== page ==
Why I Became A Turkophile

Have a look at the first of our guest bloggers and their stories! Here, Eugene shares a thoughtful essay on curiosity, travel, and his journey into the heart of Turkish culture.

I was attending a cooking class at the Turkish Embassy in Washington DC recently and before our instructor started demonstrating how to cook some delicious köfte (Turkish meatballs), she asked the class if anyone had visited Turkey before and tried the food there. I raised my hand, but she casually dismissed me.

“He’s Turkish,” she said, smiling.

The class rolled in laughter. A few moments before, as we were waiting for more people to stream in, I was talking to our instructor in Turkish. In this case and numerous others, I have always managed to put a smile onto the faces of the Turks I met when they found out that I speak some Turkish.

It was moments like this that vindicate my endeavor to dive deeply into this wonderful country called Turkey—a personal project that began spontaneously the moment I went to the country two years ago for a semester-long study abroad program.

I did not even plan to go to Turkey in the first place. I knew nothing about the country, much less the language. Nevertheless, an email from a professor of mine encouraging me to take a look at Georgetown University’s very own study abroad program in Turkey, changed everything. As someone who loves to travel, it was the prospect of numerous “study trips” included within the program that led me to sign up and book my plane ticket to Turkey.

As it turned out, the semester I spent in Turkey proved to be intensely enriching. I travelled to—almost literally—the four corners of the country, and learnt much about its history and society. Even after coming back to Georgetown, I continued to learn Turkish and oriented my academic focus around issues related to Turkey. Last summer, I also returned to Turkey and worked on an organic farm there for two weeks, where I obtained a new name and inadvertently got featured in an episode of a documentary series of a women’s cooperative that my host mother was involved in. Even though my physical appearance screams yabancı (foreigner), I am not afraid to say that kalbim Türk (my heart is Turkish).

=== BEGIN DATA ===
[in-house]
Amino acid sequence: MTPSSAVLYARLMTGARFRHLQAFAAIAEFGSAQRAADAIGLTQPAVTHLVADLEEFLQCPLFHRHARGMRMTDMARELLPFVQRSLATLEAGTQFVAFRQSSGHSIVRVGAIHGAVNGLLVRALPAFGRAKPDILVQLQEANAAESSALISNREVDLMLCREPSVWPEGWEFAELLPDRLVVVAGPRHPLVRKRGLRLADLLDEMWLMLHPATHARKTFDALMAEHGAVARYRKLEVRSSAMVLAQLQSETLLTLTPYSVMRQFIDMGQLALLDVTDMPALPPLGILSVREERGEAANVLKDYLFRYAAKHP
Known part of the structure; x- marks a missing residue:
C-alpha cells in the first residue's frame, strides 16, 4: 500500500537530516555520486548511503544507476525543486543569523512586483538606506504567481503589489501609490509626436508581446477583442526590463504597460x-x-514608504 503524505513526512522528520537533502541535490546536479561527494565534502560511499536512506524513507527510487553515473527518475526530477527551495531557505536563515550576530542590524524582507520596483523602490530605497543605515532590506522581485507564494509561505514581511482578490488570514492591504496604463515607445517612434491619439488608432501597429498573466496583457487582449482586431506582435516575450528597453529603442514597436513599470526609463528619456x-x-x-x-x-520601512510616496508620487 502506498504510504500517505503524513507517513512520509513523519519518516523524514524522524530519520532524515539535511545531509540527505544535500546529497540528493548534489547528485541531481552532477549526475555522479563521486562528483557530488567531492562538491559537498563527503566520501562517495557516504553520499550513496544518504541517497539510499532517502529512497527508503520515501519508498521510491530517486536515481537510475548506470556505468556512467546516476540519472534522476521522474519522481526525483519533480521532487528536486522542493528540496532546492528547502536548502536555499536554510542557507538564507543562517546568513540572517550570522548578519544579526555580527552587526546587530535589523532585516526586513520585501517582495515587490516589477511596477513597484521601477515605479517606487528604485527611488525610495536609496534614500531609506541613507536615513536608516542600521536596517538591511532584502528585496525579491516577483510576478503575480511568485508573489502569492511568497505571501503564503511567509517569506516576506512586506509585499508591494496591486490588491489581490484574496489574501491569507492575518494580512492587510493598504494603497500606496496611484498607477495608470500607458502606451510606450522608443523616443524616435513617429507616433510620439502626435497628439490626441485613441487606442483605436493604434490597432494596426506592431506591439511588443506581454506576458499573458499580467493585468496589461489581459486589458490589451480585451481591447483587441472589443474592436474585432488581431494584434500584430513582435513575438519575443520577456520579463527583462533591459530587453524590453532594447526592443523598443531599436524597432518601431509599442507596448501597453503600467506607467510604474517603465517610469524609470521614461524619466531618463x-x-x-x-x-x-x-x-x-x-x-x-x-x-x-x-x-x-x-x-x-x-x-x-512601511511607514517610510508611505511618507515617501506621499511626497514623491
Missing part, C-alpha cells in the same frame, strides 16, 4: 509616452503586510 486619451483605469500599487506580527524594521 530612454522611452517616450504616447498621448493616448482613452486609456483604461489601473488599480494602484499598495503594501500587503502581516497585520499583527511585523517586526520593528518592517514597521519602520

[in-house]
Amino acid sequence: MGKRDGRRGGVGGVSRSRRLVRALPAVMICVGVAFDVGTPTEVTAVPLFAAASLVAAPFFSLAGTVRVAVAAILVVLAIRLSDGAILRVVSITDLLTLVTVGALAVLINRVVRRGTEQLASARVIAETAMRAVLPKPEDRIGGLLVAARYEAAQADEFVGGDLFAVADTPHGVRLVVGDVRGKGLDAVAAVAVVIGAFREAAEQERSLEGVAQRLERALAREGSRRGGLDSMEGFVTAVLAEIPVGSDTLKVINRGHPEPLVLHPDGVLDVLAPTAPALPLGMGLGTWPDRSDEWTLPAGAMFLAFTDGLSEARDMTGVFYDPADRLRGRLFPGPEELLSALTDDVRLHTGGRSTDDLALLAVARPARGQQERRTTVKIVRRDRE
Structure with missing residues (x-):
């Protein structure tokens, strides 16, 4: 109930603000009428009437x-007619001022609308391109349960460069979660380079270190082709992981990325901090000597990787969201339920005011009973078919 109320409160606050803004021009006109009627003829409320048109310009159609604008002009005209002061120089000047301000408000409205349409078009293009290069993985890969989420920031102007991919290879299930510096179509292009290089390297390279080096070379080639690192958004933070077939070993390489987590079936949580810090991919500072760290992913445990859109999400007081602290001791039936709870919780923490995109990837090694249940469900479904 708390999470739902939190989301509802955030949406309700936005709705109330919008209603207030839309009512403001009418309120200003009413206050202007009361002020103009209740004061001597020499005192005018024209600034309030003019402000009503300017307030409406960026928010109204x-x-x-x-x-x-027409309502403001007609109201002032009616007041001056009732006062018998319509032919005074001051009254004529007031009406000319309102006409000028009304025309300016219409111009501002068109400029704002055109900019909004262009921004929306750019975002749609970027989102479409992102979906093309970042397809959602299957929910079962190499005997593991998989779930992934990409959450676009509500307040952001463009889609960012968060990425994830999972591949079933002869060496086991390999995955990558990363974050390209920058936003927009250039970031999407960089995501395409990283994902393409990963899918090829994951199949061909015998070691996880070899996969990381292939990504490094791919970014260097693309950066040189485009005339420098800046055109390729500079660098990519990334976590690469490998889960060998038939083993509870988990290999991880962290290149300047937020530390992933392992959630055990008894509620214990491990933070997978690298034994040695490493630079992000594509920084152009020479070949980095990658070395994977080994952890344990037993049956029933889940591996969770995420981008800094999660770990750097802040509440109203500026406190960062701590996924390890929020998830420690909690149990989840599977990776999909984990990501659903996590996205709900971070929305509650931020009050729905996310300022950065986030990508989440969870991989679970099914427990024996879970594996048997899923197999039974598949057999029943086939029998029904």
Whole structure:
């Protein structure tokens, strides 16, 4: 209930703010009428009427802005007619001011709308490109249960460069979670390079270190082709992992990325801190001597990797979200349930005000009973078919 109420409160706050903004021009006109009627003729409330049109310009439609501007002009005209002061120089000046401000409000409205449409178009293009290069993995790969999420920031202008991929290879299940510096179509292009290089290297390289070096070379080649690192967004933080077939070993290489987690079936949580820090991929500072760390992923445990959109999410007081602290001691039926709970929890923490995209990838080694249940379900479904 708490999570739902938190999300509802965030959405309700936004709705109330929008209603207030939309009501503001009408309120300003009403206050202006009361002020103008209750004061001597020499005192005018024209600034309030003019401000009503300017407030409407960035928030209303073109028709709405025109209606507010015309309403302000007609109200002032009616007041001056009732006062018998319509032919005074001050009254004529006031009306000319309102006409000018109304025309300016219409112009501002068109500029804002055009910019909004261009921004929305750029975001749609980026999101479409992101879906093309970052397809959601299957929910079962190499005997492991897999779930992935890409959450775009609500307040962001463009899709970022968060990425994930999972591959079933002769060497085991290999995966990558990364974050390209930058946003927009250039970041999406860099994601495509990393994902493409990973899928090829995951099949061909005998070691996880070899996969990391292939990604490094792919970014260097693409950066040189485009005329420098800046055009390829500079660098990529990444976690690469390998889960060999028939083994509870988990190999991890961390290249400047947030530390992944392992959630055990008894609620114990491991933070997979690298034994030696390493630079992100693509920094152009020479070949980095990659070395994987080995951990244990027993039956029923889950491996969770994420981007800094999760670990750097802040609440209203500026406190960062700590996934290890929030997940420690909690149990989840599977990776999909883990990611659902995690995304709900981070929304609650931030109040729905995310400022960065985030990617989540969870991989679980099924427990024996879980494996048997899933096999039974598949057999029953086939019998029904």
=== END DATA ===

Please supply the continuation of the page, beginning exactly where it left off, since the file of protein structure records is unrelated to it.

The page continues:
I had become a full-fledged Turkophile.

If you were to ask me how this occurred—why I kept being drawn to Turkey—my answer would simply be this: curiosity. I am curious about the entire country, its diverse inhabitants, and all their histories. The journalist Ryszard Kapuściński describes this curiosity best in his book, Travels with Herodotus:

“I was seized at once with a profound fascination, a burning thirst to learn, to immerse myself totally, to melt away, to become as one with this foreign universe. To know it as if I had been born and raised there, begun life there. I wanted to learn the language, I wanted to read the books, I wanted to penetrate every nook and cranny.”